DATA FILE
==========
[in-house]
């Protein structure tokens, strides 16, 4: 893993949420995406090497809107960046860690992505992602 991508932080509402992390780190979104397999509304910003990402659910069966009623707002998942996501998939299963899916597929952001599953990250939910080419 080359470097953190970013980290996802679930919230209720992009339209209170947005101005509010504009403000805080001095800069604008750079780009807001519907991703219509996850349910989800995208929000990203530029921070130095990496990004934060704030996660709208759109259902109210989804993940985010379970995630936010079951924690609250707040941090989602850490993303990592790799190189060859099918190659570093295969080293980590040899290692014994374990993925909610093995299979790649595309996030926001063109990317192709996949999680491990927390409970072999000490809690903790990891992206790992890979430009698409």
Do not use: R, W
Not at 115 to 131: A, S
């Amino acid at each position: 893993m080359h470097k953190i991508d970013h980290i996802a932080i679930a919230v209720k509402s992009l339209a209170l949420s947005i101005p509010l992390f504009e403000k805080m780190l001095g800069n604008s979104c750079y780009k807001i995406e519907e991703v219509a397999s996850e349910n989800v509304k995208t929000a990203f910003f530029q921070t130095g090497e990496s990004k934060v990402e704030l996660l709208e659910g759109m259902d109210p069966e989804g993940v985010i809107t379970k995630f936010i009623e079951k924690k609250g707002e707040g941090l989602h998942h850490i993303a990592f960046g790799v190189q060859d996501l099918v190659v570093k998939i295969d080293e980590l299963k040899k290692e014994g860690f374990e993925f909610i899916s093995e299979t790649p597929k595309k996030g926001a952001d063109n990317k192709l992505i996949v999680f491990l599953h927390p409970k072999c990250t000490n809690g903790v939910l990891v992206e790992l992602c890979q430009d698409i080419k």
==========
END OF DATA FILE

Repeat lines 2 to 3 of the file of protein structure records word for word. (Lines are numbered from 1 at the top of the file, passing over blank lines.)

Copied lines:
């Protein structure tokens, strides 16, 4: 893993949420995406090497809107960046860690992505992602 991508932080509402992390780190979104397999509304910003990402659910069966009623707002998942996501998939299963899916597929952001599953990250939910080419 080359470097953190970013980290996802679930919230209720992009339209209170947005101005509010504009403000805080001095800069604008750079780009807001519907991703219509996850349910989800995208929000990203530029921070130095990496990004934060704030996660709208759109259902109210989804993940985010379970995630936010079951924690609250707040941090989602850490993303990592790799190189060859099918190659570093295969080293980590040899290692014994374990993925909610093995299979790649595309996030926001063109990317192709996949999680491990927390409970072999000490809690903790990891992206790992890979430009698409």
Do not use: R, W